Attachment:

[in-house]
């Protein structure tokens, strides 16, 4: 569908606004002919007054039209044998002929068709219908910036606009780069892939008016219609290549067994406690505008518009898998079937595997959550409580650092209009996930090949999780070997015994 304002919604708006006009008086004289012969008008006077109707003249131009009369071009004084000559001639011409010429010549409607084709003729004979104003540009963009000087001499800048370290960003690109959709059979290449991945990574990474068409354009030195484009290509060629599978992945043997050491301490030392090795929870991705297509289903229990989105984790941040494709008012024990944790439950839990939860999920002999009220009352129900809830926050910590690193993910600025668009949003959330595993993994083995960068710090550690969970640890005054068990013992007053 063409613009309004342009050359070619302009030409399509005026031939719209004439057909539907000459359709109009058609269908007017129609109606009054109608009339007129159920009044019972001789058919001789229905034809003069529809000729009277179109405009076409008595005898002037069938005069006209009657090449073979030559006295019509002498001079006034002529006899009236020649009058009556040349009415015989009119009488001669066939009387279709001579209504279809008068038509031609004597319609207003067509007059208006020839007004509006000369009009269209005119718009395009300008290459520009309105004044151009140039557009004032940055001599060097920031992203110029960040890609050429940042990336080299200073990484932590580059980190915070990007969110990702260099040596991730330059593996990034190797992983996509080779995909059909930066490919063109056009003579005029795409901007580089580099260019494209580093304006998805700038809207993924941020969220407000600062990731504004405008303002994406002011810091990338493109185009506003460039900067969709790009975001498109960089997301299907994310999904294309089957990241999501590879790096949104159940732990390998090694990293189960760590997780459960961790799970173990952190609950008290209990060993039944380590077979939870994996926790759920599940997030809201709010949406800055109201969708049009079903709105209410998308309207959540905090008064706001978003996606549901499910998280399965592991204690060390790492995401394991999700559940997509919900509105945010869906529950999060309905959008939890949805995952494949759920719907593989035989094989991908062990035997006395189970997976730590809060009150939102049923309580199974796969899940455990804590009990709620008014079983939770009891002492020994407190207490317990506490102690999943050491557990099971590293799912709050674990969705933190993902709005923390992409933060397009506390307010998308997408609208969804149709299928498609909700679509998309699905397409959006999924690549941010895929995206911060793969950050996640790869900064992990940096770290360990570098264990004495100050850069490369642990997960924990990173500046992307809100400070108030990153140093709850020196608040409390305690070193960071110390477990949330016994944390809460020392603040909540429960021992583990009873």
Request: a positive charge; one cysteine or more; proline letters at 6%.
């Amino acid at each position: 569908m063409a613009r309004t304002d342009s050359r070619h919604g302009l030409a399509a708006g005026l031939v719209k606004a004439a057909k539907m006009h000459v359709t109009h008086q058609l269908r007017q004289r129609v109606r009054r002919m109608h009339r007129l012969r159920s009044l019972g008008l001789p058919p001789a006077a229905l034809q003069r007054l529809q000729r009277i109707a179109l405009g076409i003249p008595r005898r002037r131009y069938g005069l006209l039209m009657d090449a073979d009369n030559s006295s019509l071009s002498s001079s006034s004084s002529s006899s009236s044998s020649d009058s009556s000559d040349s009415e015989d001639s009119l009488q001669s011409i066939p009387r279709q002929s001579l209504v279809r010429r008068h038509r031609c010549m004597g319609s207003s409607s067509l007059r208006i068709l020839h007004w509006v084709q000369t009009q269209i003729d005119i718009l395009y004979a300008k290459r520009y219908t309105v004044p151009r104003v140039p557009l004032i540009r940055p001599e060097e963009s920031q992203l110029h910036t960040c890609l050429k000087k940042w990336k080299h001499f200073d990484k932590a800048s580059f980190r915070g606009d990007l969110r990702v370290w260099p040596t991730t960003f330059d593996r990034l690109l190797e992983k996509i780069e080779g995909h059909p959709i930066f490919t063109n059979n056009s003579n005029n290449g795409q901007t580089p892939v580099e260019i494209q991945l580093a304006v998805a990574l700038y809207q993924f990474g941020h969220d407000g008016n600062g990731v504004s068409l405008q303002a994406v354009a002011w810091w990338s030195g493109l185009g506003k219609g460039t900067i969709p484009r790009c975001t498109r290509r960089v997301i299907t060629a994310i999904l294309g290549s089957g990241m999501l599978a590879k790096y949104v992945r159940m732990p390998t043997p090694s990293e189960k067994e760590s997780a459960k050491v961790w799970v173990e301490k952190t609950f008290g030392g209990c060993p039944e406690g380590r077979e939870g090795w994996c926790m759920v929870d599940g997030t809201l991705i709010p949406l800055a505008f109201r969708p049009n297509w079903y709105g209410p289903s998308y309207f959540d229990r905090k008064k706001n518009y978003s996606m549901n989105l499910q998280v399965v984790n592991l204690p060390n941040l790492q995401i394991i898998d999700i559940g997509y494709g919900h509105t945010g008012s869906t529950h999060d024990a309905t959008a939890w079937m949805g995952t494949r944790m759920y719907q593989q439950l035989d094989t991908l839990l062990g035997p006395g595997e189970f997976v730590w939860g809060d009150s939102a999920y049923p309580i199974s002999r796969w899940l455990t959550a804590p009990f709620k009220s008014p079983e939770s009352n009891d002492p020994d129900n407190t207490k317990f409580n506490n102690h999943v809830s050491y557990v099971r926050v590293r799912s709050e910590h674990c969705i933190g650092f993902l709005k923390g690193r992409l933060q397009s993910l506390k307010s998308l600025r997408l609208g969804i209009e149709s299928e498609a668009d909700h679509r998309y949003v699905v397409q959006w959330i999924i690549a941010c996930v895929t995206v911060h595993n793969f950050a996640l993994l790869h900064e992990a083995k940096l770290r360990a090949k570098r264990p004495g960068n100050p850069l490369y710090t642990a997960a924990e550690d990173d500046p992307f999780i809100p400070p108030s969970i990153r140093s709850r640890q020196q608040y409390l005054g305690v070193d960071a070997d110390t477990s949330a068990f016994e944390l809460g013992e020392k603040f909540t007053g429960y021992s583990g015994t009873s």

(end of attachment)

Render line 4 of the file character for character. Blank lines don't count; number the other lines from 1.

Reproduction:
């Amino acid at each position: 569908m063409a613009r309004t304002d342009s050359r070619h919604g302009l030409a399509a708006g005026l031939v719209k606004a004439a057909k539907m006009h000459v359709t109009h008086q058609l269908r007017q004289r129609v109606r009054r002919m109608h009339r007129l012969r159920s009044l019972g008008l001789p058919p001789a006077a229905l034809q003069r007054l529809q000729r009277i109707a179109l405009g076409i003249p008595r005898r002037r131009y069938g005069l006209l039209m009657d090449a073979d009369n030559s006295s019509l071009s002498s001079s006034s004084s002529s006899s009236s044998s020649d009058s009556s000559d040349s009415e015989d001639s009119l009488q001669s011409i066939p009387r279709q002929s001579l209504v279809r010429r008068h038509r031609c010549m004597g319609s207003s409607s067509l007059r208006i068709l020839h007004w509006v084709q000369t009009q269209i003729d005119i718009l395009y004979a300008k290459r520009y219908t309105v004044p151009r104003v140039p557009l004032i540009r940055p001599e060097e963009s920031q992203l110029h910036t960040c890609l050429k000087k940042w990336k080299h001499f200073d990484k932590a800048s580059f980190r915070g606009d990007l969110r990702v370290w260099p040596t991730t960003f330059d593996r990034l690109l190797e992983k996509i780069e080779g995909h059909p959709i930066f490919t063109n059979n056009s003579n005029n290449g795409q901007t580089p892939v580099e260019i494209q991945l580093a304006v998805a990574l700038y809207q993924f990474g941020h969220d407000g008016n600062g990731v504004s068409l405008q303002a994406v354009a002011w810091w990338s030195g493109l185009g506003k219609g460039t900067i969709p484009r790009c975001t498109r290509r960089v997301i299907t060629a994310i999904l294309g290549s089957g990241m999501l599978a590879k790096y949104v992945r159940m732990p390998t043997p090694s990293e189960k067994e760590s997780a459960k050491v961790w799970v173990e301490k952190t609950f008290g030392g209990c060993p039944e406690g380590r077979e939870g090795w994996c926790m759920v929870d599940g997030t809201l991705i709010p949406l800055a505008f109201r969708p049009n297509w079903y709105g209410p289903s998308y309207f959540d229990r905090k008064k706001n518009y978003s996606m549901n989105l499910q998280v399965v984790n592991l204690p060390n941040l790492q995401i394991i898998d999700i559940g997509y494709g919900h509105t945010g008012s869906t529950h999060d024990a309905t959008a939890w079937m949805g995952t494949r944790m759920y719907q593989q439950l035989d094989t991908l839990l062990g035997p006395g595997e189970f997976v730590w939860g809060d009150s939102a999920y049923p309580i199974s002999r796969w899940l455990t959550a804590p009990f709620k009220s008014p079983e939770s009352n009891d002492p020994d129900n407190t207490k317990f409580n506490n102690h999943v809830s050491y557990v099971r926050v590293r799912s709050e910590h674990c969705i933190g650092f993902l709005k923390g690193r992409l933060q397009s993910l506390k307010s998308l600025r997408l609208g969804i209009e149709s299928e498609a668009d909700h679509r998309y949003v699905v397409q959006w959330i999924i690549a941010c996930v895929t995206v911060h595993n793969f950050a996640l993994l790869h900064e992990a083995k940096l770290r360990a090949k570098r264990p004495g960068n100050p850069l490369y710090t642990a997960a924990e550690d990173d500046p992307f999780i809100p400070p108030s969970i990153r140093s709850r640890q020196q608040y409390l005054g305690v070193d960071a070997d110390t477990s949330a068990f016994e944390l809460g013992e020392k603040f909540t007053g429960y021992s583990g015994t009873s």